Pub chain JD Wetherspoon has slashed the price of Coca-Cola at 300 outlets. Pricing Coke at 80p for three-quarters of a pint, it is even claiming to be undercutting fast-food giant McDonald’s.
The move should please the Government, which last month announced it was investigating soft drink prices in pubs – through a survey of 900 licensed premises – as part of a headline-grabbing assault on “Rip-off Britain”.
It has also been welcomed by the soft drinks industry, which has long argued that pub customers should receive better value for money. The industry views the on-trade as something of a sleeping giant.
But how will the rest of the licensing trade – stung by reports of pubs charging up to &£4 for a pint of orange juice – respond?
According to AC Nielsen’s most recent industry survey, soft drinks are the second biggest product category in pubs after beer, accounting for sales of &£1.5bn per year.
This figure represents five per cent of total UK soft drinks volume, but it is growing steadily as people’s drinking habits change. Yet in some parts of the pub trade soft drinks are still viewed as a “distress” purchase – a last resort for customers planning to drive.
Richard Hall, chairman of industry analysts Zenith International, says: “The soft drinks industry has for a long time been concerned that the pub trade is a missed opportunity. All the more so because there is a wide variety of soft drinks available on the supermarket shelves yet pubs have concentrated on a very narrow range of mainstream labels.”
Britvic, which markets Pepsi, 7-Up and its own orange juice brands, is also keen to promote wider choice and larger servings. The company believes people are more comfortable about buying soft drinks in pubs and last year launched J2O, a fruit-flavoured drink aimed at 18- to 24-year-old men.
Britvic spokesman Ruth Laidler has given a cautious welcome to price-cutting. She says: “Anything that makes the pub groups think about soft drinks a bit more seriously and recognise their importance we would definitely see as a plus. It is what consumers want.”
Wetherspoon’s is certainly not the first pub chain to offer a discount on soft drinks. Last year, Yates’ Wine Lodge slashed prices by a third to &£1.10 for three-quarters of a pint of Pepsi or Lemonade. And Greene King is currently testing a similar offer of cola for 99p, at selected town centre sites.
But chairman Tim Martin is hoping price comparisons with other chains’ Coke prices – from Whitbread’s Hogshead at &£1.44 to Bass’s O’Neill’s at &£1.14 – and the fact that it is a national initiative, will give his company the edge.
In common with other pub groups, Wetherspoon’s has always priced its drinks – soft and alcoholic – in line with local competition. It now has a national price list, which, apart from Coca-Cola, includes cut-price premium lager, wine and Perrier water at 50p a bottle. The new strategy is seen as crucial to Wetherspoon’s continued expansion plans.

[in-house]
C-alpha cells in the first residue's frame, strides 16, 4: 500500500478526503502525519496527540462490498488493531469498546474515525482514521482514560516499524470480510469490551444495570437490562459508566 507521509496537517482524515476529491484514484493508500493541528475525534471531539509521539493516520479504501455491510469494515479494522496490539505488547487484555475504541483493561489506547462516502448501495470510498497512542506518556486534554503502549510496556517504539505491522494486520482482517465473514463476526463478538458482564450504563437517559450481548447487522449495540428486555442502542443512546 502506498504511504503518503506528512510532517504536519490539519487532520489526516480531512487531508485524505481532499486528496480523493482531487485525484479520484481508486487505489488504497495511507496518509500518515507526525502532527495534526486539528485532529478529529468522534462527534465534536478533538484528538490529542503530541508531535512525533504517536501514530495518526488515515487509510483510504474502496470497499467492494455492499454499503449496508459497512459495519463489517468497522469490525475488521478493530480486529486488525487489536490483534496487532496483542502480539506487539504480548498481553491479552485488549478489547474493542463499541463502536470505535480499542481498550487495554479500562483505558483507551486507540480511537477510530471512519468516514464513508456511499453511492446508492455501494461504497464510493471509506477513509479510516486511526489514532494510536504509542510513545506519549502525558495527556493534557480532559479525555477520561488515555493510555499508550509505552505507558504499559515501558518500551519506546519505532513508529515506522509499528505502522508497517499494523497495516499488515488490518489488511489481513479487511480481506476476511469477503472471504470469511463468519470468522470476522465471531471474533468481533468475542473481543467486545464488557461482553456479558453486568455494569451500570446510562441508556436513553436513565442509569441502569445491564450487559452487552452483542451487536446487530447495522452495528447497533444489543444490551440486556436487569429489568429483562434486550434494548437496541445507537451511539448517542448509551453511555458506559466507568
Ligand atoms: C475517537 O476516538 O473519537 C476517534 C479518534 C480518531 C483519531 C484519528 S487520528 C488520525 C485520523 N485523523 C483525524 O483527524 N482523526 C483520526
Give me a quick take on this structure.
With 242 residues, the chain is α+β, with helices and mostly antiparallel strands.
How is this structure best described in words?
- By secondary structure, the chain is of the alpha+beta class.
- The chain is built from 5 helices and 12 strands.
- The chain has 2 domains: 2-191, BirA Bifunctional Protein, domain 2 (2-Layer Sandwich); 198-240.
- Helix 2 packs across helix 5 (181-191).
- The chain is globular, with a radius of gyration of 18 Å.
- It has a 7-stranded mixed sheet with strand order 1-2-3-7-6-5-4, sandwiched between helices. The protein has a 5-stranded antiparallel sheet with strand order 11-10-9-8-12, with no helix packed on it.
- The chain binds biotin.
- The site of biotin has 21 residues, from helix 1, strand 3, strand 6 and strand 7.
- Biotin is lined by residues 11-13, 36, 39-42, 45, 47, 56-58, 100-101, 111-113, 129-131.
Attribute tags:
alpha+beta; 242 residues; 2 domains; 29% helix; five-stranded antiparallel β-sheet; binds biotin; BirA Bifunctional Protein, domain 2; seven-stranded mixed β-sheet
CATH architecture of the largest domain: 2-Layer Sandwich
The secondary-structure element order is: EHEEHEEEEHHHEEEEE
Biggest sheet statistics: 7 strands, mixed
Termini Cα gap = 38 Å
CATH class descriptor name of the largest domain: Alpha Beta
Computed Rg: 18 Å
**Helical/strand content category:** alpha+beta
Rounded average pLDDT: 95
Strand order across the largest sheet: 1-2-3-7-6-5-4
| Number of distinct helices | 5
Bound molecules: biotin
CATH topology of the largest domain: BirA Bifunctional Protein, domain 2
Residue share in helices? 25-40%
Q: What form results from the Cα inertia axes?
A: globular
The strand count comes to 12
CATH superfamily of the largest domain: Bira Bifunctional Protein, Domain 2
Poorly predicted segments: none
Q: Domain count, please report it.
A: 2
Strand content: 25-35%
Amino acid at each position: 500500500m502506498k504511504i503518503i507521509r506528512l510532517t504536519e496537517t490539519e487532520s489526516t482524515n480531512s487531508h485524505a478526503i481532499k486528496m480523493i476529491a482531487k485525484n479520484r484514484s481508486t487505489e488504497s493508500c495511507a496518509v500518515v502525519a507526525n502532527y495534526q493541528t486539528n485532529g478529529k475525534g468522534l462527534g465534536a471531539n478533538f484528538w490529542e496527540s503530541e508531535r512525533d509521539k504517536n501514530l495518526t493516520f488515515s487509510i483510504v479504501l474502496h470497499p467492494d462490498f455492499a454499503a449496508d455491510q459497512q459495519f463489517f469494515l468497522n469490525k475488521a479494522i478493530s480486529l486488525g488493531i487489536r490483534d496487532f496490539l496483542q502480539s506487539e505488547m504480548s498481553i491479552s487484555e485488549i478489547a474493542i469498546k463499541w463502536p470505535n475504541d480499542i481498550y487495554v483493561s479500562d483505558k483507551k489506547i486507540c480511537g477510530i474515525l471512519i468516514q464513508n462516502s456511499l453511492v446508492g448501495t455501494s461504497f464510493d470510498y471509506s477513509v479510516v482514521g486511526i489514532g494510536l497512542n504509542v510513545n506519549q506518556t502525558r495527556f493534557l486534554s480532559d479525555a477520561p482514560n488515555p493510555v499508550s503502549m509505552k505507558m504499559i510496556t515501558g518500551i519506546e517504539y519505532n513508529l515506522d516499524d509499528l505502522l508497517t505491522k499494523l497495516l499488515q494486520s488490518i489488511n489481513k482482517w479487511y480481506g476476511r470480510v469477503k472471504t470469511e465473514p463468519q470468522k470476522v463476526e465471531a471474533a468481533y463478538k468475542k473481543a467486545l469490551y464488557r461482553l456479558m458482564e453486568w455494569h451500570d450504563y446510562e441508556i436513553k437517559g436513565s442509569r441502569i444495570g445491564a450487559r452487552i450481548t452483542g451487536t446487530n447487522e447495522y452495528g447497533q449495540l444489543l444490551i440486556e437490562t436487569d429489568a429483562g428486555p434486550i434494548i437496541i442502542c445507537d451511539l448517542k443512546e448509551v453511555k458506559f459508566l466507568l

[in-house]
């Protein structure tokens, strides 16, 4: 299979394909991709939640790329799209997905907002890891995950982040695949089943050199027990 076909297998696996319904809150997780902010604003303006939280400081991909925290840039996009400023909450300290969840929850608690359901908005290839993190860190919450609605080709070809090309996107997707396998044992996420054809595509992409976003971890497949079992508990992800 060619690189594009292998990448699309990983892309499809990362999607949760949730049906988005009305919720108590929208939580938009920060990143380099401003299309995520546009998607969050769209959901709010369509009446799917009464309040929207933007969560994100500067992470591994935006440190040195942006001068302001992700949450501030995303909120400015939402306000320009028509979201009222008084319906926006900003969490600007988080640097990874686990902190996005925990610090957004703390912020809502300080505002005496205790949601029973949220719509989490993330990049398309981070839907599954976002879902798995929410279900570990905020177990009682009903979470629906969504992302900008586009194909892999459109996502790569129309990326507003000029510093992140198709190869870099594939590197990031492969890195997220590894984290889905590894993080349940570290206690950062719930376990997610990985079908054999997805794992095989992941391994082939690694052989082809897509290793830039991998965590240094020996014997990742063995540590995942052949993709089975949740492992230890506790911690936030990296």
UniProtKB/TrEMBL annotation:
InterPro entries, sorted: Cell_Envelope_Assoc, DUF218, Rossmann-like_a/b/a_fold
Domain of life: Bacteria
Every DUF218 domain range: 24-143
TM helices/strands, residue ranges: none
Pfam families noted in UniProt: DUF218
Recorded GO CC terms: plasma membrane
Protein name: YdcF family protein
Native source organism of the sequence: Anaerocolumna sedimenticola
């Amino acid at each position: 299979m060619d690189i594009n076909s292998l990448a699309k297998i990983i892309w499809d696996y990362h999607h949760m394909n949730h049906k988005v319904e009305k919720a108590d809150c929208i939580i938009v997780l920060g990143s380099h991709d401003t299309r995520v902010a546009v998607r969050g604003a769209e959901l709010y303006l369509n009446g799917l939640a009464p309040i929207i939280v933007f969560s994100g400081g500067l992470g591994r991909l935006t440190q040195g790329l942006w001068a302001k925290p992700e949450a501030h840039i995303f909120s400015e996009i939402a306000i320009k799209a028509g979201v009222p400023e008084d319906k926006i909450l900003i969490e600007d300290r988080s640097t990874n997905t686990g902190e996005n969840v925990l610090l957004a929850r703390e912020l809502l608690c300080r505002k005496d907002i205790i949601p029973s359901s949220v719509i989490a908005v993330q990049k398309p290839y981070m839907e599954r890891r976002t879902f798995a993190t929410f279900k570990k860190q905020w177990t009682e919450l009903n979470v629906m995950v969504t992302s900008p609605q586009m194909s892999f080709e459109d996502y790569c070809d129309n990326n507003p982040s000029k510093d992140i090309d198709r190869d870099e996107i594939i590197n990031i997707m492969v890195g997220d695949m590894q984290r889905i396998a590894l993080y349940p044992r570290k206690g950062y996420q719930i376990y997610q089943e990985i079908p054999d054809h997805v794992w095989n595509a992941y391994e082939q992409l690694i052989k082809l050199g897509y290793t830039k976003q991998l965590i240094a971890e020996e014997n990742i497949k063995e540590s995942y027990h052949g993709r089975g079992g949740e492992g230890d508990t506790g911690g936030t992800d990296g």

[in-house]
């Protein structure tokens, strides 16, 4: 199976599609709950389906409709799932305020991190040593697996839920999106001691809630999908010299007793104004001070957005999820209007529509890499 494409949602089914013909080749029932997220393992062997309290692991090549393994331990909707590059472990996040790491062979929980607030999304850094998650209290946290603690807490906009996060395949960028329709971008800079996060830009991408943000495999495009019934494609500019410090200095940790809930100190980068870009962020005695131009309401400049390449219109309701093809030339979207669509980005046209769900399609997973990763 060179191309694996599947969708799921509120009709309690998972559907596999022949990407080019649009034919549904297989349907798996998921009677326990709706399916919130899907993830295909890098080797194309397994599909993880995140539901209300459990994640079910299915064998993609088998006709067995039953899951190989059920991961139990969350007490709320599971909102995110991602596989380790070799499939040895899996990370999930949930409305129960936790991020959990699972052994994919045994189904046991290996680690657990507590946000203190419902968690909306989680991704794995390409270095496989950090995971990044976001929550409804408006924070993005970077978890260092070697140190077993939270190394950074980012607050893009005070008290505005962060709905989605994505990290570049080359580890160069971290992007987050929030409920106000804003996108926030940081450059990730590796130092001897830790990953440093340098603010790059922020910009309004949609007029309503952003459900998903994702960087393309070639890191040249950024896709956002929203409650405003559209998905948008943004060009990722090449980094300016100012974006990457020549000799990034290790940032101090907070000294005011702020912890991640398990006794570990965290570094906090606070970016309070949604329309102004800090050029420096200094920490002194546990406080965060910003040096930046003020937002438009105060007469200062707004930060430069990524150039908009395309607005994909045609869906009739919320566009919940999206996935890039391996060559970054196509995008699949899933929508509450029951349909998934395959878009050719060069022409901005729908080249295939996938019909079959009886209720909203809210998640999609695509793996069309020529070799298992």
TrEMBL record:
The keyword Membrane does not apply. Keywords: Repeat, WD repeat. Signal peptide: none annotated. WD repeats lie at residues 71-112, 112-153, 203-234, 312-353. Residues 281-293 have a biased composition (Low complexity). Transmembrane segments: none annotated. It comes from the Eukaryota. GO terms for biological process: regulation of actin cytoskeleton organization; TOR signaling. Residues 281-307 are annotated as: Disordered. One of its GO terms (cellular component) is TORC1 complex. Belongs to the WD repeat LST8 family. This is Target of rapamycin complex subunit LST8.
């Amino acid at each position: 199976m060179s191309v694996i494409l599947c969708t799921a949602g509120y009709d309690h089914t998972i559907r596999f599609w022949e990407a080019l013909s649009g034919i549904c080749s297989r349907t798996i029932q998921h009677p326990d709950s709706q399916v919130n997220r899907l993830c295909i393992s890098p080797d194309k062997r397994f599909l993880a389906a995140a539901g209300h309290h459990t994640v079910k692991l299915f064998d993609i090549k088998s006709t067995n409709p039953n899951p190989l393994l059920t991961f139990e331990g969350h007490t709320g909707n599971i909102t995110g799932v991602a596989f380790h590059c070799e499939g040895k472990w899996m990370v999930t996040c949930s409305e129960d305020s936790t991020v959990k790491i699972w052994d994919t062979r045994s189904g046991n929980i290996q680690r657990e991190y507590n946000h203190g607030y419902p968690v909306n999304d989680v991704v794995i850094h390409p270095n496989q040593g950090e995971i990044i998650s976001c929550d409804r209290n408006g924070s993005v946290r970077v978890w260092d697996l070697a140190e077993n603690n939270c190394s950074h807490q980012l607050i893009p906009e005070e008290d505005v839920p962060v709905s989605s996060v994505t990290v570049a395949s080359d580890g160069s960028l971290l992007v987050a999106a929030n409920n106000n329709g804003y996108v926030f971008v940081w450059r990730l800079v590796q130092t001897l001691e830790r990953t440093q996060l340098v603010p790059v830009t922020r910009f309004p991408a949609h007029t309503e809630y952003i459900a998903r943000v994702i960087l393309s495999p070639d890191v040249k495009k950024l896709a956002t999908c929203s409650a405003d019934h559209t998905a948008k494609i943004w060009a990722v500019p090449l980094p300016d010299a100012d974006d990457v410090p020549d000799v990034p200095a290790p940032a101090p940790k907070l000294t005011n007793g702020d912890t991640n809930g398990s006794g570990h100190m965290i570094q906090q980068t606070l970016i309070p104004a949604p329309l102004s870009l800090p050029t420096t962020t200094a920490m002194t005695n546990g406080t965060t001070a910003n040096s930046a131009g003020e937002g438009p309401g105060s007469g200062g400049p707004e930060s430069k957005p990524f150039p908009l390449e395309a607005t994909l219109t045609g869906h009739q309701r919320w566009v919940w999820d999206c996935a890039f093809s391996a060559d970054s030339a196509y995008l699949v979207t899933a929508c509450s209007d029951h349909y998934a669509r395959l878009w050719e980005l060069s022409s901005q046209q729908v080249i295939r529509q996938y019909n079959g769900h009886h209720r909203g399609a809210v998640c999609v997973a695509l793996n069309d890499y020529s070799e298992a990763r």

Martin says: “We have been planning to launch the 16oz (three-quarter pint) glass for some time and the announcement of the Government inquiry is just a fortunate coincidence.
“We are trying to make the whole business of going to the pub a more economical experience. Pubs have become uncompetitive.
“We want them to compare more favourably with the off-trade. One of the key aspects of this will be the comparative prices, particularly of Coca-Cola. We have achieved it by cutting into margins.
People are aware that they are paying more than they should for soft drinks. We are throwing down the gauntlet.”
So far, the rest of the trade seems unmoved by Wetherspoon’s challenge. Most licensees and brewers argue that it is unfair to compare their prices with supermarkets and off-licences.
Joe O’Riordan, chairman of the London-based Guild of Master Victuallers, says: “In a pub, you are not just paying for a drink, you are paying for the whole environment.
“You can buy a glass of cola and spend the evening watching football on Sky TV, which costs the pub &£3,000 a year.”
The brewers have for the most part echoed this view. Whitbread spokeswoman Angela Wajner says: “Our research shows that taking into account that the price includes service, surroundings and entertainment laid on for their enjoyment, customers generally feel they are getting value for money.”
There are, received wisdom has it, a minority of pubs who are ripping off customers but the answer lies in clearer price displays rather than legislation. In any case, the argument runs, hotels and restaurants charge even more.
Bass has had skirmishes with Wetherspoon’s in the past over the price of beer, but has no plans to take it on over soft drinks.
Bass Leisure Retail spokesman Bob Cartwright remains unmoved by the price differential between Wetherspoon’s and O’Neill’s. He says: “You are talking about very different products. That type of price, &£1.14, is still very significantly below the price of a pint of beer.”
The fact remains, however, that margins on soft drinks in pubs are generally higher than beer, wines and spirits.
Whatever the eventual conclusion of the Government’s investigation – and the most it is likely to do is make pubs display prices more prominently – its initiative must mark the beginning of the end for over-priced soft drinks.
If pubs want to avoid being bracketed with the rogue traders and rip-off merchants, they will surely have to follow Wetherspoon’s lead.